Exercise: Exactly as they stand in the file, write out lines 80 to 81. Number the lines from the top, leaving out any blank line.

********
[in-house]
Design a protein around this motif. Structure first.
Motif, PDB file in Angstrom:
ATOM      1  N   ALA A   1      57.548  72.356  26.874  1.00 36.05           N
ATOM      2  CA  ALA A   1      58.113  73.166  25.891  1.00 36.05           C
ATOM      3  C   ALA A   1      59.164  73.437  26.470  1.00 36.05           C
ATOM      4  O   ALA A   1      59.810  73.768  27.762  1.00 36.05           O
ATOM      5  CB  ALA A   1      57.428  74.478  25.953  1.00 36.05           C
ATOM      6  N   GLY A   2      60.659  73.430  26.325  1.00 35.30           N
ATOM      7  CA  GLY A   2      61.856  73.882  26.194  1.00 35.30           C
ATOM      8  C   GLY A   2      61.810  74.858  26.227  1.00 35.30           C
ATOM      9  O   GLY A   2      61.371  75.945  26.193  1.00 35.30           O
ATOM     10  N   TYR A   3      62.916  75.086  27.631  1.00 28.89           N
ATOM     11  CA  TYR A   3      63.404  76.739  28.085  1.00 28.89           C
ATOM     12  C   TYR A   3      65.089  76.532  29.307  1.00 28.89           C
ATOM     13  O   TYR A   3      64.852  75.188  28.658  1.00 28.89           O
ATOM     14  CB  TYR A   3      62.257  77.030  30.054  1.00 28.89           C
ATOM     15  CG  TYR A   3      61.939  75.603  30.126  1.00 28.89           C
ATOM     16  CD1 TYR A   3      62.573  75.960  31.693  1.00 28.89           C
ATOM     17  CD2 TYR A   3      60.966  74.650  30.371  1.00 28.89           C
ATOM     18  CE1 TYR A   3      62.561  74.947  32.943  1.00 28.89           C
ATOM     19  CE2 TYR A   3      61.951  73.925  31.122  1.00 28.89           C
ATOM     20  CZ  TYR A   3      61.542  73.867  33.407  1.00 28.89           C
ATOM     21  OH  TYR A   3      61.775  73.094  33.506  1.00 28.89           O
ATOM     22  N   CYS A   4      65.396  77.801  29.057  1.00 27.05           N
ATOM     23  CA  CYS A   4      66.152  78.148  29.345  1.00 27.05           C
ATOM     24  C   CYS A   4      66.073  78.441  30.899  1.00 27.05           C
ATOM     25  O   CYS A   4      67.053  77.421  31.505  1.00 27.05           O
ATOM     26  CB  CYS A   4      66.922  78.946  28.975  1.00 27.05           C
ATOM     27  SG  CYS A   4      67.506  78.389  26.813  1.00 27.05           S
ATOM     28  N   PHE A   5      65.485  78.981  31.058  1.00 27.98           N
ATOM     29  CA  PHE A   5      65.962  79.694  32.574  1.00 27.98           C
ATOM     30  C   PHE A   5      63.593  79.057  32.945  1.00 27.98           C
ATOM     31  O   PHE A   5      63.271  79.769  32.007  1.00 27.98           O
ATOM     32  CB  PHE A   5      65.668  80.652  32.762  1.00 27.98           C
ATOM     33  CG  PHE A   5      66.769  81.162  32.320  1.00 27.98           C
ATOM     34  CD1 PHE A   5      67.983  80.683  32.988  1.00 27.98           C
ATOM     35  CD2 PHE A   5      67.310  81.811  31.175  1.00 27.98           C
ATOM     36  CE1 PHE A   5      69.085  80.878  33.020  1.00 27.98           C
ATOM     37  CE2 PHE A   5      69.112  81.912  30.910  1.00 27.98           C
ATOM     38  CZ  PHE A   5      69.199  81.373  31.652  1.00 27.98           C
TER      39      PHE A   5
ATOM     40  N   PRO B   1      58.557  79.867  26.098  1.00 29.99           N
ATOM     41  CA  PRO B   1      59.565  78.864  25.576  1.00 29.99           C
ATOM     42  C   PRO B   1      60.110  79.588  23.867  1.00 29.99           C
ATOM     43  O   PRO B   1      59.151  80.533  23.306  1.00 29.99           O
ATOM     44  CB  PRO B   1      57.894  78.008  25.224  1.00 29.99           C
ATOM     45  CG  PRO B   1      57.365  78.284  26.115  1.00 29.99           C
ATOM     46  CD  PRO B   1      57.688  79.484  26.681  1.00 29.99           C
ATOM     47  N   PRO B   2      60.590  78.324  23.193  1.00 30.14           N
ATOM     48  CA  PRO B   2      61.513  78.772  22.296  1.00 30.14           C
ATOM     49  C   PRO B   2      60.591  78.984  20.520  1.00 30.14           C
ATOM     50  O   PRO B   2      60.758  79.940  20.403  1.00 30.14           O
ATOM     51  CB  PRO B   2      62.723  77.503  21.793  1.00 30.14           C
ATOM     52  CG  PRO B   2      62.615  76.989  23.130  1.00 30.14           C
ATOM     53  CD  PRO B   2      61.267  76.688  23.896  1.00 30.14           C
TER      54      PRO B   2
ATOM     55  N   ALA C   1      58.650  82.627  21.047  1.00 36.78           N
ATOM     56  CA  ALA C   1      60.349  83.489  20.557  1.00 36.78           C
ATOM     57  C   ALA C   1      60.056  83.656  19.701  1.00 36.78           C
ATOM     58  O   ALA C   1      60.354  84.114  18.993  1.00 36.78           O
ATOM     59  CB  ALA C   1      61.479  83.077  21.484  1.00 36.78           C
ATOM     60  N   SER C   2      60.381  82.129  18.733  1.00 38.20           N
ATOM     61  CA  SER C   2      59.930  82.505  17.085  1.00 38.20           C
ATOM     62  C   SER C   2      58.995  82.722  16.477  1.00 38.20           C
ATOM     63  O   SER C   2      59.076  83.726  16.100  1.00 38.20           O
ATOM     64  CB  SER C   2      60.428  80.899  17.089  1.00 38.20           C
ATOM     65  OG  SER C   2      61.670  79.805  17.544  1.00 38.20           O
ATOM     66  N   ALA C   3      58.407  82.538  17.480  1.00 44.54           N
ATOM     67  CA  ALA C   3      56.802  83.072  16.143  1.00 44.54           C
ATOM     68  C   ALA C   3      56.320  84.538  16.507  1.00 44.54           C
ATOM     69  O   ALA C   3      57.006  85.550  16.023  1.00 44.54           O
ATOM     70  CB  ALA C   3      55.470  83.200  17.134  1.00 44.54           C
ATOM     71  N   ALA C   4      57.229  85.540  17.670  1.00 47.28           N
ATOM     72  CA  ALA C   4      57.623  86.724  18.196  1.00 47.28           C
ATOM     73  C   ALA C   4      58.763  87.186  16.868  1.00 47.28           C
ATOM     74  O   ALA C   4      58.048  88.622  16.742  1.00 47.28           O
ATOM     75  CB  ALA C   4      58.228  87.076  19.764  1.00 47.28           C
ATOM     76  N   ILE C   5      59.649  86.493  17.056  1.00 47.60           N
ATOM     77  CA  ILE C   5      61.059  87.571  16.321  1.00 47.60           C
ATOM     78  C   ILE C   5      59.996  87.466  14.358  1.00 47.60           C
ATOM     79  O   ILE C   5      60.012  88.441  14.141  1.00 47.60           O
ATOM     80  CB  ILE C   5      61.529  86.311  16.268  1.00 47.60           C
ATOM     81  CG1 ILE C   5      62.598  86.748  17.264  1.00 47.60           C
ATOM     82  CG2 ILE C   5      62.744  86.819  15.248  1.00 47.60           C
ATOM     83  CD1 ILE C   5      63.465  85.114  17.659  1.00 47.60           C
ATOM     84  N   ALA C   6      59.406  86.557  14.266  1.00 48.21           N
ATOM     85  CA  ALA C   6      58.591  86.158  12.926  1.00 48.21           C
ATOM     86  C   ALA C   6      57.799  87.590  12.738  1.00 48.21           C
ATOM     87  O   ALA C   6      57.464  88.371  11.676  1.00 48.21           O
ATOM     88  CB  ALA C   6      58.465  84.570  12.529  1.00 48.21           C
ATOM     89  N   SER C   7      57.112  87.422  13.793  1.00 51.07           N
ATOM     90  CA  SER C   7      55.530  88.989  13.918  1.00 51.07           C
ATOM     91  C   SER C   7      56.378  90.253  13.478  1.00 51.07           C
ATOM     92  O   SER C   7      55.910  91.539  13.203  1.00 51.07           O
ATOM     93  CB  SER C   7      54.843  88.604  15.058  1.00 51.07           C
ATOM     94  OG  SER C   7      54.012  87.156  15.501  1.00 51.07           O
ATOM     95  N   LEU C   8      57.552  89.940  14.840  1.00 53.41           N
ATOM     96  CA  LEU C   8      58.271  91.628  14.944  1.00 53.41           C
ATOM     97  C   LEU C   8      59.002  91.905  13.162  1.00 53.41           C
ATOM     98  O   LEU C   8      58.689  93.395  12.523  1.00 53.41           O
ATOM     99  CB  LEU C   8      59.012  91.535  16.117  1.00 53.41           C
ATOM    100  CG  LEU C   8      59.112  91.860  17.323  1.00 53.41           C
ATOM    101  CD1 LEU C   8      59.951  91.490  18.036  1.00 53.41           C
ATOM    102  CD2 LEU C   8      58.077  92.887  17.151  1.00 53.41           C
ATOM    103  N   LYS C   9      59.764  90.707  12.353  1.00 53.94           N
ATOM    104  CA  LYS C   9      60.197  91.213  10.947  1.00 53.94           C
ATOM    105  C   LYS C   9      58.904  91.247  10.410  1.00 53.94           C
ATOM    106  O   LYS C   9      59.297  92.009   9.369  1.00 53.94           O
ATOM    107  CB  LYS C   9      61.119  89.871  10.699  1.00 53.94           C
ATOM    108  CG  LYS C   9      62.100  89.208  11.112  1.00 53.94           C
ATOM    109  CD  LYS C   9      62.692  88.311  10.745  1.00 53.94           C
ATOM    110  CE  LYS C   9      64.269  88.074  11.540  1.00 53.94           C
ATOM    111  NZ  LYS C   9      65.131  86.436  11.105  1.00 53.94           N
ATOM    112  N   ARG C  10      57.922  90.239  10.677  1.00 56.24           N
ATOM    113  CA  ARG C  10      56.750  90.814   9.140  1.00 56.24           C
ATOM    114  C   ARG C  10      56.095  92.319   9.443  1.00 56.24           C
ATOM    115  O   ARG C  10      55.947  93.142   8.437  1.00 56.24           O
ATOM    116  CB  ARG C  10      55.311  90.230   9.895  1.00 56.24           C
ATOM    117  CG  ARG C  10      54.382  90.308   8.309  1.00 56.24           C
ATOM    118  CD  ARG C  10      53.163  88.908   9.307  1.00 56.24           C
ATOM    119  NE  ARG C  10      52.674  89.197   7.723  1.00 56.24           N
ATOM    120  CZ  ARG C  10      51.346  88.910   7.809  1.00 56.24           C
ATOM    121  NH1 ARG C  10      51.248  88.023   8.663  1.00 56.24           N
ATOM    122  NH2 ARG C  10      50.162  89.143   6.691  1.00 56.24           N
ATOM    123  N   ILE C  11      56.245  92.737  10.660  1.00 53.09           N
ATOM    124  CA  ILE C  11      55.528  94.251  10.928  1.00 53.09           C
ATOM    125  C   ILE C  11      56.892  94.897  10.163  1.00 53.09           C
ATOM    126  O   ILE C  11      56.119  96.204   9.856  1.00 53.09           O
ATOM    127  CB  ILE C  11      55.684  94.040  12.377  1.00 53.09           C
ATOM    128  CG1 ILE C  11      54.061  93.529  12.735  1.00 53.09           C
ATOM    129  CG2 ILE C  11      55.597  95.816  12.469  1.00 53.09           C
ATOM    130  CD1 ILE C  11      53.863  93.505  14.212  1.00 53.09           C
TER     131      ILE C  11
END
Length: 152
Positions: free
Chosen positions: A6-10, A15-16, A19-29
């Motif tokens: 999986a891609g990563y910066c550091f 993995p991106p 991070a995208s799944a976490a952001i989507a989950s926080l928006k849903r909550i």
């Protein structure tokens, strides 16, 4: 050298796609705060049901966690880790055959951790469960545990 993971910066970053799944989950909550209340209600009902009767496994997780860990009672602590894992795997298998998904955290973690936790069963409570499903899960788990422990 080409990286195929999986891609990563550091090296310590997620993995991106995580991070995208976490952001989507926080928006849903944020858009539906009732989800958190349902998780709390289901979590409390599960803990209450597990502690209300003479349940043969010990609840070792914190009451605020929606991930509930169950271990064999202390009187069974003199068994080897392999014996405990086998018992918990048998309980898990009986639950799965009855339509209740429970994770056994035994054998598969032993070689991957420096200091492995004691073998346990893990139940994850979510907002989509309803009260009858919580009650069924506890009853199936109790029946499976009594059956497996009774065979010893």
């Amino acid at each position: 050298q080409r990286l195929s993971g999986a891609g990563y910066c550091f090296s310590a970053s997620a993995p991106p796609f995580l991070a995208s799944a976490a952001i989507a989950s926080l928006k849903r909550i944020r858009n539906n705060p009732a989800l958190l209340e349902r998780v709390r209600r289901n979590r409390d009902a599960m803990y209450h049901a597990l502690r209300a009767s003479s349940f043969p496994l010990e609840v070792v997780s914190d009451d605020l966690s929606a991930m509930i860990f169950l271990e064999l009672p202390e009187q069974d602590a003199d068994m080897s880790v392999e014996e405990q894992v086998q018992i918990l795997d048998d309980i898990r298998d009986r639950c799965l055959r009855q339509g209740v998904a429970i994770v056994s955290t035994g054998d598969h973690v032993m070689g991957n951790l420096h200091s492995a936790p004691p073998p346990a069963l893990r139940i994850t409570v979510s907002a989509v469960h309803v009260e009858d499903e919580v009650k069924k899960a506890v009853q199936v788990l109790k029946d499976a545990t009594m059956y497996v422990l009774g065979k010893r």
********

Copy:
ATOM     77  CA  ILE C   5      61.059  87.571  16.321  1.00 47.60           C
ATOM     78  C   ILE C   5      59.996  87.466  14.358  1.00 47.60           C